Collapse of Metrodome Roof Proves That Vikings Need Outdoor Stadium

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Collapse of Metrodome Roof Proves That Vikings Need Outdoor Stadium As the snow began pouring onto the Metrodome field — a scene that looked more like a special effects clip from the film 2012 than actual footage — there was a thought that likely crossed the minds of many.

Why does Minnesota have a stadium with an inflatable roof?

Minneapolis is a city that sees approximately 45 inches of snowfall each year, but the large storm over the weekend ranked fifth all-time in the Twin Cities, dropping 17.1 inches on Minneapolis and St. Paul. Despite the historical nature of the storm, the inflatable roof was not the brightest of ideas for the Metrodome.

It’s understandable that the franchise thought they needed a roof for its stadium, as the frigid temperatures of December and January are almost unbearable for football. However, having an outdoor stadium in an environment such as Minnesota has its advantages.

New England, Green Bay, Chicago and Buffalo are just a few of the NFL teams that play in an outdoor stadium and take the advantage when the colder weather hits. The Patriots seem to thrive in the snow and hold the edge when they host teams such as Miami or San Diego who primarily practice and play in warm weather.

Before the Metrodome opened in 1982, the Vikings played outdoors for 20 seasons in the Metropolitan Stadium and saw a considerable amount of success. The Vikes went to four Super Bowls while playing their home games in the outdoor elements, and haven’t been to the championship game since going under the dome. There may be no correlation between those two facts, but it’s worth mentioning.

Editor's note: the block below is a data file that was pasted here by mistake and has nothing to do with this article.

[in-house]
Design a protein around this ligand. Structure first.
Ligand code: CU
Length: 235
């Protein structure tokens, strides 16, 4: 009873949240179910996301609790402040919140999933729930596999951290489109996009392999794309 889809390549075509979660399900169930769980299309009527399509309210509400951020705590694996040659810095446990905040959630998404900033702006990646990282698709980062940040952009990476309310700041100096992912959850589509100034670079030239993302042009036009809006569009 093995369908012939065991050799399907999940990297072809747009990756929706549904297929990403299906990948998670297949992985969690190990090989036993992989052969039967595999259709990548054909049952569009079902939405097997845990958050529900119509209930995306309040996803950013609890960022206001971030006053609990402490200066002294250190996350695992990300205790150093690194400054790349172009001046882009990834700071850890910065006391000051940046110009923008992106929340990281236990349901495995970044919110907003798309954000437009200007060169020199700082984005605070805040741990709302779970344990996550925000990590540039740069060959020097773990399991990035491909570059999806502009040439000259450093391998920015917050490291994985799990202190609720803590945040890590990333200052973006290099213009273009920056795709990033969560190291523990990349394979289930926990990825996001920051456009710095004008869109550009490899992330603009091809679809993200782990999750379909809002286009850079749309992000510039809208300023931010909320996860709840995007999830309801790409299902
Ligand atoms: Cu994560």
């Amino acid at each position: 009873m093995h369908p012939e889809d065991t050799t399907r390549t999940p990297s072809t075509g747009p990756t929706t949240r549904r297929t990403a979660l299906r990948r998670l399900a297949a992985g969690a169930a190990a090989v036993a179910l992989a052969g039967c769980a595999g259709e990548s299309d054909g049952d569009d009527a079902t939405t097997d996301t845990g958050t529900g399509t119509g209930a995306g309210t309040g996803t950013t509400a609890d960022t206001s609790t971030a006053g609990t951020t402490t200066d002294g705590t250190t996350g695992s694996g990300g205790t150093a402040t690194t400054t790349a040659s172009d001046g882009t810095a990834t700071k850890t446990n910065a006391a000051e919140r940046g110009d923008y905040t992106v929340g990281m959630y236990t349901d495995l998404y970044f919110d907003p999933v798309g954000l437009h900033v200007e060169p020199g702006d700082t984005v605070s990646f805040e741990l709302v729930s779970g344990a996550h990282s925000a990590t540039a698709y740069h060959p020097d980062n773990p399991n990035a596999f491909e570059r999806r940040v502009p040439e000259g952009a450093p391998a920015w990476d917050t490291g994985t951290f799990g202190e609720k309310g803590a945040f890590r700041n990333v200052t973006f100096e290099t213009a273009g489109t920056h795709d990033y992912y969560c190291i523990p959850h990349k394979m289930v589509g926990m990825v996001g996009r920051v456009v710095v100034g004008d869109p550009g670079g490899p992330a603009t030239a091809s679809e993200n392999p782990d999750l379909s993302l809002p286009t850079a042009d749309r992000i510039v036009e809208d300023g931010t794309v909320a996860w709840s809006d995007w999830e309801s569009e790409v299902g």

This isn’t the first time the Metrodome has watched its inflatable roof collapse. Just 48 days after its grand opening, 10 inches of wet snow caused the roof to cave and a steel beam to snap, which pierced the balloon-like covering. The roof has caved on three different occasions since then, causing two postponements and one game delay.

The Vikings have been lobbying for a new stadium for more than a decade, and with the most recent collapse, one has to think the subject will be revisited after this season is over. The Vikings are in their final contracted season playing in the Metrodome, and a decision will have to be made during the offseason. Find the funds to build a new stadium, or move the franchise to Los Angeles — an increasing possibility as L.A. is looking to land a franchise for their potential team.

At the end of the day, it seems that there are only a few options, as playing in the Metrodome has become dangerous and just downright silly in the Minneapolis climate. Whatever the decision may be, an inflatable roof should be left out of the equation.

Do you think the Vikings need a new stadium? If so, should it have a roof? Share your thoughts below.

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